Discussion in 'Firewood, Heating and Wood Burning Equipment' started by ShaneLogs, Apr 19, 2012.
This guy knew where to stack his wood for ease of access .
The cook had to split his own stovewood .
Looks like a doublebit ax was the tool of choice back in the day .
When we first built our house I had double doors with a removable center post put in the basement. I would swing the doors open and drive the tractor and trailer in. The trailer held a half cord stacked. Would just park it at the bottom of the stairs. Now the firewood goes on the front porch, closer, no steps, but out in the weather, Joe.
Got a bit of work done yesterday. Today the snow is gone and it's 69 out.
Getting there. I do my hand splitting over next the wheelbarrow. But since just got a splitter I've been towing it to the trees I cut down.
How are you diggin' that Husqy Swedish Splitter?
I bought a husky splitter and love it. I used to use any old axe from a flea market or yard sale and it was a pain in the b***s. Curious to how they compare to the orange husky or a fiskers. I know one thing when my boy was using it in late summer and early fall he put probably 30-40’ on his baseball swing.
I was torn between those and a German splitter. I'e never tried one, so never pulled the trigger. Seems like a nice design, though I was curious about their effectiveness in harder woods.
Worked fine in red and white oak, beech, maple and cherry. Not so well in some stringy *ss white stuff.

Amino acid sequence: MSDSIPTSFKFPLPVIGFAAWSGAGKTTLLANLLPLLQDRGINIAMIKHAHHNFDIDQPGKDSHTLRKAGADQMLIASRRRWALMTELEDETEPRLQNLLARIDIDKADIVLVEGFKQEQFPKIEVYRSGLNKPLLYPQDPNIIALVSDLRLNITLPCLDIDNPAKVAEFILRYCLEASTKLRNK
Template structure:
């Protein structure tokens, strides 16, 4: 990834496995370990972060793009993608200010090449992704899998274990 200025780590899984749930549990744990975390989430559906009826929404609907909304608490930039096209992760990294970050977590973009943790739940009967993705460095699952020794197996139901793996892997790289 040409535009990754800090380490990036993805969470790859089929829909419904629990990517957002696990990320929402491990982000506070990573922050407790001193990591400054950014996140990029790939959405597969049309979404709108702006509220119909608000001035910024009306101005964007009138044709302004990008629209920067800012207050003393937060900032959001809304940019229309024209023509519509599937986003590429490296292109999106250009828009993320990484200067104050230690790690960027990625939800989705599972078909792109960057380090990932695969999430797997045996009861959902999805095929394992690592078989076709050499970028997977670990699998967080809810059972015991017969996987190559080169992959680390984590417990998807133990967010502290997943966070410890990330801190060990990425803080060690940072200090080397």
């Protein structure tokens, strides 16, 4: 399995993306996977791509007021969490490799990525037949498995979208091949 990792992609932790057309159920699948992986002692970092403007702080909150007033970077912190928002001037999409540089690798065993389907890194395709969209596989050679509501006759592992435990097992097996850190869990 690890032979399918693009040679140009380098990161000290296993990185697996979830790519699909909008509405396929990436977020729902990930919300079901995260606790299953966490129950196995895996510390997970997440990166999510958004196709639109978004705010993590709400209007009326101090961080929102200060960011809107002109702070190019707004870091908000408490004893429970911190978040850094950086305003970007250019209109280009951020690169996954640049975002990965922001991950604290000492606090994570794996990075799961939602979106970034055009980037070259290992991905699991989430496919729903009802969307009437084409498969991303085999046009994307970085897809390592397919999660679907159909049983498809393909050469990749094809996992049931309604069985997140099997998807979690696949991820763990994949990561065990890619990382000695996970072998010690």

It came sharper than a small Hults Bruk splitting axe I bought . I always heard the Hults Bruk were a little more finished
I've always said that splitting wood is like hitting a ball. It's all in the wrists, bat speed, ax speed, and a good eye. Putting the bat on the ball and putting the ax in the right spot, or same spot twice, Joe.
So far I like it , gonna run it this afternoon .
I agree splitting by hand is great for hand, wrist and forearm strength and really helps with bat speed. But the way it strengthens the core (abdominals) is unmatched
Today's woodpile work .
Exhausted just looking at all that . . .
I do love red gum. Spent 7+ hours driving yesterday and most of that time I was admiring the big red gums I was driving past and how good they'd look CSS in my wood shed. Probably should have been watching the road but we still got home ok .
All that's left are the shorts , we'll get them cleaned up and piled in a bin for drying , waste not want not lol
The spruce piles will be cut up another day .
You and Jerry keep busy!
We try and stay flexible lol
How does the red gum we have here burn compared to the varieties you have back there or are they all about the same
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